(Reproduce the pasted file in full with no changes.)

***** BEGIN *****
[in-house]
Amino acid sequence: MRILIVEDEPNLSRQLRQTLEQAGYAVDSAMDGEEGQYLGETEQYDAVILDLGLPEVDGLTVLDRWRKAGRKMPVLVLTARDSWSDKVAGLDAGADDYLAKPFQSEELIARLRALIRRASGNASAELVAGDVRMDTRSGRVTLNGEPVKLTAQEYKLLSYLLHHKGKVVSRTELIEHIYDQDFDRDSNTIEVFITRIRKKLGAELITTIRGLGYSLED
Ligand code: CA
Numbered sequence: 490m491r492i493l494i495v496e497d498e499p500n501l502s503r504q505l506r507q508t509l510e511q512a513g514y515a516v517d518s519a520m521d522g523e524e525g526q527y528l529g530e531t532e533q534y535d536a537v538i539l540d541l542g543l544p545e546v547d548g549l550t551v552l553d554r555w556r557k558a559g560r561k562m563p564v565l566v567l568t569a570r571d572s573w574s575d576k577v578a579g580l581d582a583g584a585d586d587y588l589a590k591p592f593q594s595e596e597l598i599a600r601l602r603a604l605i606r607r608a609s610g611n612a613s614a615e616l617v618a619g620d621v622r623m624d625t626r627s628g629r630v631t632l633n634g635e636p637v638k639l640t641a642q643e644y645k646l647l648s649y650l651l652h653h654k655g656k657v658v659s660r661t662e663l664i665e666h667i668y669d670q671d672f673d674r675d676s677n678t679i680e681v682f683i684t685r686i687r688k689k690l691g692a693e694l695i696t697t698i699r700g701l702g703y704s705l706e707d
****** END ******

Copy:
[in-house]
Amino acid sequence: MRILIVEDEPNLSRQLRQTLEQAGYAVDSAMDGEEGQYLGETEQYDAVILDLGLPEVDGLTVLDRWRKAGRKMPVLVLTARDSWSDKVAGLDAGADDYLAKPFQSEELIARLRALIRRASGNASAELVAGDVRMDTRSGRVTLNGEPVKLTAQEYKLLSYLLHHKGKVVSRTELIEHIYDQDFDRDSNTIEVFITRIRKKLGAELITTIRGLGYSLED
Ligand code: CA
Numbered sequence: 490m491r492i493l494i495v496e497d498e499p500n501l502s503r504q505l506r507q508t509l510e511q512a513g514y515a516v517d518s519a520m521d522g523e524e525g526q527y528l529g530e531t532e533q534y535d536a537v538i539l540d541l542g543l544p545e546v547d548g549l550t551v552l553d554r555w556r557k558a559g560r561k562m563p564v565l566v567l568t569a570r571d572s573w574s575d576k577v578a579g580l581d582a583g584a585d586d587y588l589a590k591p592f593q594s595e596e597l598i599a600r601l602r603a604l605i606r607r608a609s610g611n612a613s614a615e616l617v618a619g620d621v622r623m624d625t626r627s628g629r630v631t632l633n634g635e636p637v638k639l640t641a642q643e644y645k646l647l648s649y650l651l652h653h654k655g656k657v658v659s660r661t662e663l664i665e666h667i668y669d670q671d672f673d674r675d676s677n678t679i680e681v682f683i684t685r686i687r688k689k690l691g692a693e694l695i696t697t698i699r700g701l702g703y704s705l706e707d